Over the next few months, doctors from the Cleveland Clinic plan on performing a breakthrough procedure in which a Uterus will be transplanted into the womb of a woman who lacks one. The operation will be the first of its kind to ever take place in the United States.
The transplant procedure is a new frontier for surgeons, and only recently have doctors in Sweden and the United Kingdom approved womb transplant research.
One of the biggest concerns, and the greatest creator of controversy, is the possibility for implanted wombs to be rejected by the body. These types of surgeries are considered “high risk”, as not only could the health of the woman be at stake, the fetus — if one is able to develop — will be exposed to the drugs that reduce the risk of rejection.
Still, the benefits outweigh the risk to many women who have experienced infertility. A 26-year-old woman, one who has applied for the Cleveland Clinic’s screening process, was quoted by The New York Times as saying she “craves” the experience of being pregnant. “I want the morning sickness, the backaches, the feetswelling. I want to feel the baby move. That is something I’ve wanted for as long as I can remember.”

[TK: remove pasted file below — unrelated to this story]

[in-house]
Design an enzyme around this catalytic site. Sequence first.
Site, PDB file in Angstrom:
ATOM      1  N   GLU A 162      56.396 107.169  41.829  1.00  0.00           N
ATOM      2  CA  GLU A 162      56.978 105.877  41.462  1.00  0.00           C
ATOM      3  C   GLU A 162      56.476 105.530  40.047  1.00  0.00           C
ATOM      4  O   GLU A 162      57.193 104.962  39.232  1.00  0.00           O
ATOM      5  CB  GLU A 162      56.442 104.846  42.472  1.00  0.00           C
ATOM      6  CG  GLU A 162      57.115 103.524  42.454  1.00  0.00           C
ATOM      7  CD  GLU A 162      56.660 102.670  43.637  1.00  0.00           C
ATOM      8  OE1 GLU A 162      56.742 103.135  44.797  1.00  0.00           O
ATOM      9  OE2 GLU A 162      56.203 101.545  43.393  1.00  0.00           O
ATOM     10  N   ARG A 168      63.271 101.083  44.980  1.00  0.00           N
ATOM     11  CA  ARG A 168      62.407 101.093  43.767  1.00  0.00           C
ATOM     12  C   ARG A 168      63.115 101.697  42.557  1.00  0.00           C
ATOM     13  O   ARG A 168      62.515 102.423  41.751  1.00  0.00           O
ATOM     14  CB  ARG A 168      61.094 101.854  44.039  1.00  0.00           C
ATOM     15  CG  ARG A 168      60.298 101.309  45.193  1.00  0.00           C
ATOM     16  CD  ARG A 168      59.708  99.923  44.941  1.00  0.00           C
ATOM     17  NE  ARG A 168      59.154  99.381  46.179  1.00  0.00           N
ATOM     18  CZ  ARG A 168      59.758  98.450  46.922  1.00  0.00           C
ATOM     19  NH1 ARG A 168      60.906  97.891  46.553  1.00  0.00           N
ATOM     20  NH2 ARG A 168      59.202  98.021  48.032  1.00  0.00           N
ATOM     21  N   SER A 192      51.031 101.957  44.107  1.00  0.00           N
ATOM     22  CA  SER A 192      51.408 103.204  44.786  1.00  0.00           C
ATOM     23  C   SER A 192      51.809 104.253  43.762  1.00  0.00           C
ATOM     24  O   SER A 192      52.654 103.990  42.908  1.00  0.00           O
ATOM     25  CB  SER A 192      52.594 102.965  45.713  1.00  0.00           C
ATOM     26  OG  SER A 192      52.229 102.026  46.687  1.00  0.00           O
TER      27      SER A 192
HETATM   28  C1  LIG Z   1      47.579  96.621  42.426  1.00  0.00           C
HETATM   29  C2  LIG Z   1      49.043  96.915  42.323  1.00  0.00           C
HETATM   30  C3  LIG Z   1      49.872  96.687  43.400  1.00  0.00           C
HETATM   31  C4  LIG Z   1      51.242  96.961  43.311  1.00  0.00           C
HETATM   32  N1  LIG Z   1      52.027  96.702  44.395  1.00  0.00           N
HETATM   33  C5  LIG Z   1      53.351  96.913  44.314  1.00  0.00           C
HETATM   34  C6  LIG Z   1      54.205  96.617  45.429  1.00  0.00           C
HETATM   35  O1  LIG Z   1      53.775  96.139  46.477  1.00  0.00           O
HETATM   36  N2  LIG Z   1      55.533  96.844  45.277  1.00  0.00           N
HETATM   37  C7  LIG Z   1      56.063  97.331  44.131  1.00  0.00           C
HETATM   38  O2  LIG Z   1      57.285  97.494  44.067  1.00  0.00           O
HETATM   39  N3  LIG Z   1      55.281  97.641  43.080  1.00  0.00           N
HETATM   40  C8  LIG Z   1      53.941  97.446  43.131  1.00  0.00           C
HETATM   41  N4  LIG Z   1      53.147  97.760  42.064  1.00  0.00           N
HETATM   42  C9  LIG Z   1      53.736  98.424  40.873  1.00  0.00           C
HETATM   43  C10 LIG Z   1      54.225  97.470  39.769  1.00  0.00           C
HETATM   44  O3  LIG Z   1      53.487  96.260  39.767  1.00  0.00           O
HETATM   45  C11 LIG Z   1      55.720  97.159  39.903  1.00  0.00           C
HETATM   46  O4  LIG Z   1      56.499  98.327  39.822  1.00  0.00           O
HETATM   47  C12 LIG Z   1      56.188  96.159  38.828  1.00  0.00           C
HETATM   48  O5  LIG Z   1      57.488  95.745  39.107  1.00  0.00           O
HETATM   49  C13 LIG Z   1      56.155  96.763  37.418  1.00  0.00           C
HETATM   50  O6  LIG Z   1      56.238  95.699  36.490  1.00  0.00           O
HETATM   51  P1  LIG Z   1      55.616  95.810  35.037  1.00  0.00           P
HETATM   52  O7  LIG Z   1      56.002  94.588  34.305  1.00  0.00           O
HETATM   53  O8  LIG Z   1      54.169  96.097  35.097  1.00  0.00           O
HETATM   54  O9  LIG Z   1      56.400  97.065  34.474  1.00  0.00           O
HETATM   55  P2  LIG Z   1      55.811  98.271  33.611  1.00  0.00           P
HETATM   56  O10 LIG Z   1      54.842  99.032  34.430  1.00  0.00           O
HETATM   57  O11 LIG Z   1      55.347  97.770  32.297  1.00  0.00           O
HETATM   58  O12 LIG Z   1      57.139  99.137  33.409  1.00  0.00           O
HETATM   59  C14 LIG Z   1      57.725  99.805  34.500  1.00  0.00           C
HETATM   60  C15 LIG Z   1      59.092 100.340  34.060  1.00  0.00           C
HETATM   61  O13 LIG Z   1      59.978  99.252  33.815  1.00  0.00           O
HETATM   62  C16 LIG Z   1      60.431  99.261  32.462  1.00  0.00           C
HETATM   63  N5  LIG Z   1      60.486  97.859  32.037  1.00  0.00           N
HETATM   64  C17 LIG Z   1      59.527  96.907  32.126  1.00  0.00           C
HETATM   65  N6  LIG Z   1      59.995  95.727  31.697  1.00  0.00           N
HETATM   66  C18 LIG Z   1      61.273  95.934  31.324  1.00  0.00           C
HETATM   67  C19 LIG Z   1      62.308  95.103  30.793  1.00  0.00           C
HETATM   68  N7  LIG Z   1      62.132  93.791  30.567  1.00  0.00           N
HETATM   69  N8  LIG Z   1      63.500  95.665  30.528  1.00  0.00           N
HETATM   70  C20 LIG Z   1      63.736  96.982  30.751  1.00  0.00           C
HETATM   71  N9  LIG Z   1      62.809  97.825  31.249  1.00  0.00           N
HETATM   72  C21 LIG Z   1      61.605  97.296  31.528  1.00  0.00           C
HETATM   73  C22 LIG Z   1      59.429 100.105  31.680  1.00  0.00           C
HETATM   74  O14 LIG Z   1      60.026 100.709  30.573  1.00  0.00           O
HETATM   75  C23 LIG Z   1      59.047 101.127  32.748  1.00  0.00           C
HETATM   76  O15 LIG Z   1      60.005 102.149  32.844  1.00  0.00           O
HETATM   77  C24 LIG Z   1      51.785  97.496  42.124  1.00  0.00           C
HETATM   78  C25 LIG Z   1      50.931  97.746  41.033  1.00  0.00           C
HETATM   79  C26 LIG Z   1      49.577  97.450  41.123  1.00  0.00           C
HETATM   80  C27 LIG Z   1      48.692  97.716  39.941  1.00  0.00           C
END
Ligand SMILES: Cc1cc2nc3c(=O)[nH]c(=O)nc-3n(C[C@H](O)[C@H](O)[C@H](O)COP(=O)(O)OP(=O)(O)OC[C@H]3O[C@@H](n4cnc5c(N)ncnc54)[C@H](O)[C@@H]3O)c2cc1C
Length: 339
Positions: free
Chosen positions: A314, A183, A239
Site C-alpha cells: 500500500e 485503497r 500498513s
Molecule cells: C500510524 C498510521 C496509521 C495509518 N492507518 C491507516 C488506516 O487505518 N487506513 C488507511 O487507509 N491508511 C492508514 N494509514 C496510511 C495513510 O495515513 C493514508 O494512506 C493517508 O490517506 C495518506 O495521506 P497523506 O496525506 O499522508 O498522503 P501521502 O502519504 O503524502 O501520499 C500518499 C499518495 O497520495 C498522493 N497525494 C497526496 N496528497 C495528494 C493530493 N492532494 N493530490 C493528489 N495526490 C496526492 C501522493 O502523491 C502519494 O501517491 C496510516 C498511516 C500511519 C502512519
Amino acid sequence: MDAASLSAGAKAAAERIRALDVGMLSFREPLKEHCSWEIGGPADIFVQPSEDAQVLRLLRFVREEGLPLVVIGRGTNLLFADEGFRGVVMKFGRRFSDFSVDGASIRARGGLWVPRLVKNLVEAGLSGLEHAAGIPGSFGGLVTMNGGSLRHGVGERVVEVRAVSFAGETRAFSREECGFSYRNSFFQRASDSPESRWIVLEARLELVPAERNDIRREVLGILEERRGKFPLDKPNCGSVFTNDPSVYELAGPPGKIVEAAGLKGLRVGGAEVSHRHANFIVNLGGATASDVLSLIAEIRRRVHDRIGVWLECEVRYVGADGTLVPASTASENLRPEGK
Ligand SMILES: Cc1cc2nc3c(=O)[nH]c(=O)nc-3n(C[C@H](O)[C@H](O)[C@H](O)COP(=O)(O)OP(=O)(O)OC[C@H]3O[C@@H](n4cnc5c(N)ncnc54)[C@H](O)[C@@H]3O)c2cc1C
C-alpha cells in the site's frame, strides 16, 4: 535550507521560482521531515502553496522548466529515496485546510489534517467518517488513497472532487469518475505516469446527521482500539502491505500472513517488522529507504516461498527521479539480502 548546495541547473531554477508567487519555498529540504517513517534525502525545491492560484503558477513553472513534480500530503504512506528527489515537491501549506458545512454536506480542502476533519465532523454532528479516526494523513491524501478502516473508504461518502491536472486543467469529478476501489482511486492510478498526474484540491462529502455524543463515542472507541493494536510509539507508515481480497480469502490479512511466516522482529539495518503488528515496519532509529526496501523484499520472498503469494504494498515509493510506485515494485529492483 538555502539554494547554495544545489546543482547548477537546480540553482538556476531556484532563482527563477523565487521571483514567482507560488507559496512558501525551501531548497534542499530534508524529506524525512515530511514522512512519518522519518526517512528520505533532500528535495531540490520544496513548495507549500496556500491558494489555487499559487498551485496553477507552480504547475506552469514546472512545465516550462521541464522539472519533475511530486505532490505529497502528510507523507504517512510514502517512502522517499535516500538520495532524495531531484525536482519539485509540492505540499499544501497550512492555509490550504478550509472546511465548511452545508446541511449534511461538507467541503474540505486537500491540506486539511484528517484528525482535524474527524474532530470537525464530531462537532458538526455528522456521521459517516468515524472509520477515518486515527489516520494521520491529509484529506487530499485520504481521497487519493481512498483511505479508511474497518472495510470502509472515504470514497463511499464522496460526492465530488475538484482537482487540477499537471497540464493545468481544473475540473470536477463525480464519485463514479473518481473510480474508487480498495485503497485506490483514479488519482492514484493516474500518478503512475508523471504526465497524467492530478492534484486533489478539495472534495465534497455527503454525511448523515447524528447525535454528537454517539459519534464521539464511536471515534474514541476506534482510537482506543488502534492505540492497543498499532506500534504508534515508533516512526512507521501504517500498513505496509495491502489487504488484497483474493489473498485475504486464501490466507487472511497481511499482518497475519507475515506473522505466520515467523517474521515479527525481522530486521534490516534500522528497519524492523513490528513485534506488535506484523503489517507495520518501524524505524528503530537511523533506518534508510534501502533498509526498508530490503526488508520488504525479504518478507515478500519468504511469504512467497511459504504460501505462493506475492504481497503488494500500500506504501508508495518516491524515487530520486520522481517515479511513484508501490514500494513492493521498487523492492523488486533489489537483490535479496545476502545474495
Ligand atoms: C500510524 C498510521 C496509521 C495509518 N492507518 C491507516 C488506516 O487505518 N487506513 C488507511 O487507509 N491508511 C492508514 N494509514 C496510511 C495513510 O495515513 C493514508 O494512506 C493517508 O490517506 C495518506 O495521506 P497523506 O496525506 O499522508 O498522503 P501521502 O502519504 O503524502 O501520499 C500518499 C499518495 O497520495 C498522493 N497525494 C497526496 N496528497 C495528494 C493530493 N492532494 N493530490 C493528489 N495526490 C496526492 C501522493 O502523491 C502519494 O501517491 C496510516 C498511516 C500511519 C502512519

The woman, who has two adopted children, traveled more than 1,000 miles to the clinic on her own dime.
Statistics from the National Institutes of Health (NIH) show that 1 in 4,500 U.S. women are born without a uterus. The condition is known as Mayer-Rokitansky-Küster-Hauser syndrome, and though the cause is unknown, the NIH believes it is due to “environmental factors”. The disorder is not believed to be genetic, and the condition does not appear prevalent within certain families.
The procedure to take place at the Cleveland Clinic may offer women without wombs hope, but it will also be more experimental than the previously successful uterus transplants that have successfully taken place in Sweden. Unlike the procedures in Sweden, the uteruses that will be used in the U.S. will come from dead donors as opposed to living relatives.
By using the uterus of a deceased woman, it is uncertain how each recipient will fare. Doctors believe that overall the procedure will be safer, as it eliminates the risk to the live donors used in the previous studies.
If successful, the procedure will not allow women to become pregnant from sex. Participants will still need to go through fertility treatments in order to have a child.